"There was once a town in the heart of America where all life seemed to live in harmony with its surroundings." So begins the excerpt in Pojman from Rachel Carson's Silent Spring. Carson asks us to envision the human ecological harmony that may be the ultimate fantasy of most environmentalists. This allows us to refresh our vision and strengthen our inspiration to fight for this ideal, as she then describes the possibilities of destruction which may await this community. Her imagery reminds us why our struggle for a better life is important, ethical and justified. The writers of the articles that follow dismiss this envisioning as "lyrical hysteria" (Ray and Guzzo) and try to persuade us that our well-reasoned goals are emotional, unfounded preferences. They distract us with the uncertainty of statistical studies, without taking a deep look at the roots of the misdirected technologies that are modern agriculture. Carson, on the other hand, like Japanese ex-microbiologist and farmer Masanobu Fukuoka, seeks more sophisticated analyses of the present need for technology like pesticides, and a truly better alternative. Fukuoka has well shown that natural farming is better than modern farming, not because it measures up in scientific tests of productivity (which it does), but because its basis is ethical, non-violent, and desirable for humans and our environment.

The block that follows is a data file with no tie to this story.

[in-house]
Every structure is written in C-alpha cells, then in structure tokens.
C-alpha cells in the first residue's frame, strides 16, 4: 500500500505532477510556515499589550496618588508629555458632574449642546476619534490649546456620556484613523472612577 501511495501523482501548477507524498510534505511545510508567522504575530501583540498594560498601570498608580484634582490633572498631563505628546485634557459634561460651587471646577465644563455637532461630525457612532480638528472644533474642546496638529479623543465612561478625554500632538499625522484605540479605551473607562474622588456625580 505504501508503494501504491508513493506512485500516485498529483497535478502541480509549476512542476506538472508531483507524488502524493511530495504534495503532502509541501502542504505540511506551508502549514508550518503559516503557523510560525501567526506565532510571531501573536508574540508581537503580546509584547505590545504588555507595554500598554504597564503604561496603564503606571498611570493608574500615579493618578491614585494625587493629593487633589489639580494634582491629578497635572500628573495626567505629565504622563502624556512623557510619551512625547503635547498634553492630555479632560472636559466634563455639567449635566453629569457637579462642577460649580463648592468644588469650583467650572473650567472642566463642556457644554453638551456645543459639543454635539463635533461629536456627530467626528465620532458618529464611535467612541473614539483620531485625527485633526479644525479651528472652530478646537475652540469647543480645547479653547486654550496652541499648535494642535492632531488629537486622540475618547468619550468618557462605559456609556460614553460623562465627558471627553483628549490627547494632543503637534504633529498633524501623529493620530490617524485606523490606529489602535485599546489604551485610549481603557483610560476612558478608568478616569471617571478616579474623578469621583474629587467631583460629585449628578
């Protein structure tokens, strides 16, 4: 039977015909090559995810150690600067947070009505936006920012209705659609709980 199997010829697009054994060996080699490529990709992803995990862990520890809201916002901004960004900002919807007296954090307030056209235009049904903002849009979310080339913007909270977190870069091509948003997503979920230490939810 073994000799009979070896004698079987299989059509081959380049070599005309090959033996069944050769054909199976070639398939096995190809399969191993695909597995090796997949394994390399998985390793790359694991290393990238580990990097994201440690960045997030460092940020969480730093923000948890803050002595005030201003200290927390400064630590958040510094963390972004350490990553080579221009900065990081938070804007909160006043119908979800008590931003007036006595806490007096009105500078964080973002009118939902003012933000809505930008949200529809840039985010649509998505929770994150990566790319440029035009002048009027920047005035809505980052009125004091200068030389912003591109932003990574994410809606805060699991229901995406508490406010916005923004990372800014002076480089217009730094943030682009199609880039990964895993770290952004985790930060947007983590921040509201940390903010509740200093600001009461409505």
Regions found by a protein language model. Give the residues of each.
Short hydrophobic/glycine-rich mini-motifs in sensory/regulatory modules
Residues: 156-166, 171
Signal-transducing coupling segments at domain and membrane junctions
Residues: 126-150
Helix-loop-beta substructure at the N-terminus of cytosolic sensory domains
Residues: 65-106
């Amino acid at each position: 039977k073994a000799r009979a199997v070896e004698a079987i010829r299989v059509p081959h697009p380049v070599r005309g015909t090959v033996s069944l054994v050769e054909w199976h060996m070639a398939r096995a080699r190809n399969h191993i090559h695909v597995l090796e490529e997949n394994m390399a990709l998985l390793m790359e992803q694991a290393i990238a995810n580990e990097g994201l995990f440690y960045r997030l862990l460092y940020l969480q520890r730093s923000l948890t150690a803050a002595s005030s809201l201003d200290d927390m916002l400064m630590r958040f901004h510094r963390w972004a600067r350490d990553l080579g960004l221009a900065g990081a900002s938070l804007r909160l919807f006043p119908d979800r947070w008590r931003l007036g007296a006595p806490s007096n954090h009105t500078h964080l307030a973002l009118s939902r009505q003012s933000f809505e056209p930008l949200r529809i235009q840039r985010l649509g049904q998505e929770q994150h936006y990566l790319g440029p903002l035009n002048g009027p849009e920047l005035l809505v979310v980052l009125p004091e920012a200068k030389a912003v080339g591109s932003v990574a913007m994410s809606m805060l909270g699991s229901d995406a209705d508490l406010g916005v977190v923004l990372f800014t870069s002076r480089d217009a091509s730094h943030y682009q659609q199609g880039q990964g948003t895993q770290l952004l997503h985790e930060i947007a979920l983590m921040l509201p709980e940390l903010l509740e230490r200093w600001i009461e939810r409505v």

Why are we faced with the painful tradeoffs between the harmful and useful effects of pesticides, rather than the question of why we depend on them so much in the first place? We need to question the culture that directs the science we use to develop our technology. Both Carson and Pimentel describe how scientific farming, that is...
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...sion may be trying to prevent us from exploring the peoples' underlying motivation for action, as Fumento tries when he ridicules those "besiegers" who challenge modern science.
In combating these simplified dialogues that silence innovation, I think our discussion of ethics is on the right track. We must approach the development and use of agricultural production technology with our well-reasoned decisions why working with nature is better than dominating it. There is more to ethical decisions than proving that Alar does not poison children. We must find a way to incorporate into the sciences that create our technologies the ethical intentions that drive parents to fight against agricultural chemicals.
Boserup, Ester. 1966. The conditions of agricultural growth: economics of agrarian change under population pressure. Chicago, Aldine Pub. Co.
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